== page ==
“Oh.” I wanted to say something about smoking, second hand smoke, religion, yoga, the drawn shades, gentrification, but no coherent thought strung itself together. “But, well, if you have a meeting in Santa Monica, you walk?” It was impossible. He was a liar. Walking to Santa Monica would take a week. No one could feasibly get around Los Angeles by walking. Unless he was agoraphobic and arranged his life so that he would never have to leave this room. Looking around at the drawn shades and the groaning bookshelves, it was possible, actually, that he was agoraphobic. He probably slept in a cot in the back. The room was dank with the smell of bodies, of scalp and skin and wet mouths. Would an agoraphobe chase you if you ran outside with his wallet? No wallet in sight, but there was a deli sandwich wrapped in paper and secured with a rubber band on the counter by the sink in the back. I envisioned myself grabbing the sandwich and running out the door, onto the sidewalk, holding it up in one hand, and taunting the editor with it as he stood inside the doorway, unable to step out of his own psychological force field. “Never mind. Santa Monica sucks anyway. No one wants to go there.”

“So, tell me about yourself,” he said, stamping out the cigarette in a green glass ashtray, and then smelling his fingertips. He had a very thin nose that looked anorexic, elongated by his thin face. His eyes were so close together they touched the sides of his nose. I couldn’t tell if this arrangement made him look intelligent or creepy. Both, I guess.

“I am a college graduate,” I said robotically. “I majored in English. I minored in creative writing. Currently I work in a bookstore.” His question lit a flame of confusion in me. It was too open. What was I supposed to say about myself? Where I lived, what my hobbies were? List my professional experience? I didn’t have any to speak of. “I interned for a newspaper once. It wasn’t like the L.A. Times or anything. More provincial. Yeah. I like to read books.”

“What kind of books?” he asked intently, not missing a beat.

“Uh,” I paused. The last book I read was about a girl who had murdered her best friend. I hadn’t realized it was YA until I’d finished it. That’s why the font was so big. The one before that was a book about two college women whose friendship had been destroyed by a guy. All the books I liked were similar in theme and genre. I couldn’t tell him the truth. The truth was too girly, too hetero. I needed something edgier to appeal to this queer erotica publisher. I looked down at my lap. “I like books that prove that life isn’t worth living by depicting that it is.”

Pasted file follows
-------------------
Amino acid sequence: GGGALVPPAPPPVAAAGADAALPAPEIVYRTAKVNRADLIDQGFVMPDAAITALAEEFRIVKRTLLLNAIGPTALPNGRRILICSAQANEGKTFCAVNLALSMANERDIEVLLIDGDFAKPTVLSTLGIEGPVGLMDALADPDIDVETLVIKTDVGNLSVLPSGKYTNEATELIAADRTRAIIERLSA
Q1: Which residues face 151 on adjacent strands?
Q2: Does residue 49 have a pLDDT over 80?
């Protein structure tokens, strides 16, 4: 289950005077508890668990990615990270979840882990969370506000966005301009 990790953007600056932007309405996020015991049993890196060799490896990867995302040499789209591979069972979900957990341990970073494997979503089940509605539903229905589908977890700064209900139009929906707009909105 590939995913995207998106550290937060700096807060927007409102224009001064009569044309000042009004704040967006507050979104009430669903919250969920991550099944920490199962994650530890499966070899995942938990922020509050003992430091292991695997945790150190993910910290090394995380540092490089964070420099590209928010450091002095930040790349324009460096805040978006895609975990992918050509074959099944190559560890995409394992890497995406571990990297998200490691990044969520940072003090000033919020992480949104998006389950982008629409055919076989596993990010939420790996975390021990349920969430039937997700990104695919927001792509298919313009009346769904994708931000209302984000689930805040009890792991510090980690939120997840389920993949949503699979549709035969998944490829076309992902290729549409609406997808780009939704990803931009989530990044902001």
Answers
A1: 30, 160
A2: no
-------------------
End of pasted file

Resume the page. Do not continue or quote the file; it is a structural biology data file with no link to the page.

He laughed. “Like what, some prep-school, ivy league, smug fiction?”

Wait—had I transposed parts of the sentence? “No, no. I meant that I like books that show that life is worth living by depicting that it isn’t.”

“Which one is it?” He grinned and kicked off a shoe, which I only noticed then were rubber gardening clogs with cutout holes all over it. His bare foot, extracted from the delicate mold of the shoe, was extraordinarily pale and thus skinless-looking, spotted with tan circles from the clog cutouts. Polka-dotted foot tan. It was mesmeric. “Is life worth living, or isn’t it?”


When my car arrived at the curb in front of my mother’s house, I was surprised to discover that I had no memory of the drive. There was no recognition of traffic patterns, glimpses of people or events that had surely populated my passage, or even ambient smells or sounds. But before I could assess the gap further, I saw my mother’s shadow in the living room window, knowing that she was watching me.

Bao bao.” My mother greeted me as I sat down across from her. She held out her hands, which were stiff with arthritis and joint pain. I held her hands gently, loosely encircling them with my own, paying attention to not bend her fingers or put too much pressure on them. Heat radiated from her, like the radioactive glow of a contaminated body. She was never without a fever these days, her body twisted around the sheets in bed, dawn giving shape and color to the San Gabriel Mountains, the heavy bill of a crow cawing her name in the sharp morning air.

“Did you go to the hematologist last week?” I asked, letting go of her hands.

“I did. The nurse looked like she was fifteen years old. I think it was the first time she took blood. Look.” She flipped her arm over to show me the bloom of purple and green, yellowing at the edges like a fallen leaf. “More blood work. They just tell me to rest and take aspirin for inflammation.”

I leaned back in my chair, partially loose from the base of its legs by dint of a missing screw, and tried to feel the air from outside through the open, screenless window; wanting some of the abnormally humid Los Angeles air to blend with the interior air in an attempt to commune with the world beyond the hermetic boundaries of my mother’s house.